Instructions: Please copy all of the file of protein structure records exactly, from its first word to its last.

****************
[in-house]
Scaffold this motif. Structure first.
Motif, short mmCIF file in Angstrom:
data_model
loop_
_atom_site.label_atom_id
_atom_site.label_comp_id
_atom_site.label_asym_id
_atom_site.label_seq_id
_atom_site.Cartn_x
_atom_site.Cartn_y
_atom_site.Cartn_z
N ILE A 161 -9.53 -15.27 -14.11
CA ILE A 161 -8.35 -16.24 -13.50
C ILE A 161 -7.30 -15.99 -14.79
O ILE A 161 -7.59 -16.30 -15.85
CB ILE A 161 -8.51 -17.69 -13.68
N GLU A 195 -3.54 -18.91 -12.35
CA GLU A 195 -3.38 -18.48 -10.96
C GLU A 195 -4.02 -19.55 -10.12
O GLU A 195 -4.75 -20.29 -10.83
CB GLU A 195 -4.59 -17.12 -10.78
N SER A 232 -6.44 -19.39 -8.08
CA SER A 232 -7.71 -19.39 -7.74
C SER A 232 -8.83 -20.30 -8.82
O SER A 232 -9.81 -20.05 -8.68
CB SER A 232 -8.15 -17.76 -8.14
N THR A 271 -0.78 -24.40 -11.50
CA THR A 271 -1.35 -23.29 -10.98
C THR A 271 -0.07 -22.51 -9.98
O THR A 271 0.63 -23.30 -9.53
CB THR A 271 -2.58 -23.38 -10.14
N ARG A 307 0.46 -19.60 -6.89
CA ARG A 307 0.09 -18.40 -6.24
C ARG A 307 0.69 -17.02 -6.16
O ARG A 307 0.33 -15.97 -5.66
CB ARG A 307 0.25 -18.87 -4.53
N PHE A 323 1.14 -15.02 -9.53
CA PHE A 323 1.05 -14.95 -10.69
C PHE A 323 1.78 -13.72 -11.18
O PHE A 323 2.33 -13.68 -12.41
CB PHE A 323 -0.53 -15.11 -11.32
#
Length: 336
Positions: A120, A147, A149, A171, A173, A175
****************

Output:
[in-house]
Scaffold this motif. Structure first.
Motif, short mmCIF file in Angstrom:
data_model
loop_
_atom_site.label_atom_id
_atom_site.label_comp_id
_atom_site.label_asym_id
_atom_site.label_seq_id
_atom_site.Cartn_x
_atom_site.Cartn_y
_atom_site.Cartn_z
N ILE A 161 -9.53 -15.27 -14.11
CA ILE A 161 -8.35 -16.24 -13.50
C ILE A 161 -7.30 -15.99 -14.79
O ILE A 161 -7.59 -16.30 -15.85
CB ILE A 161 -8.51 -17.69 -13.68
N GLU A 195 -3.54 -18.91 -12.35
CA GLU A 195 -3.38 -18.48 -10.96
C GLU A 195 -4.02 -19.55 -10.12
O GLU A 195 -4.75 -20.29 -10.83
CB GLU A 195 -4.59 -17.12 -10.78
N SER A 232 -6.44 -19.39 -8.08
CA SER A 232 -7.71 -19.39 -7.74
C SER A 232 -8.83 -20.30 -8.82
O SER A 232 -9.81 -20.05 -8.68
CB SER A 232 -8.15 -17.76 -8.14
N THR A 271 -0.78 -24.40 -11.50
CA THR A 271 -1.35 -23.29 -10.98
C THR A 271 -0.07 -22.51 -9.98
O THR A 271 0.63 -23.30 -9.53
CB THR A 271 -2.58 -23.38 -10.14
N ARG A 307 0.46 -19.60 -6.89
CA ARG A 307 0.09 -18.40 -6.24
C ARG A 307 0.69 -17.02 -6.16
O ARG A 307 0.33 -15.97 -5.66
CB ARG A 307 0.25 -18.87 -4.53
N PHE A 323 1.14 -15.02 -9.53
CA PHE A 323 1.05 -14.95 -10.69
C PHE A 323 1.78 -13.72 -11.18
O PHE A 323 2.33 -13.68 -12.41
CB PHE A 323 -0.53 -15.11 -11.32
#
Length: 336
Positions: A120, A147, A149, A171, A173, A175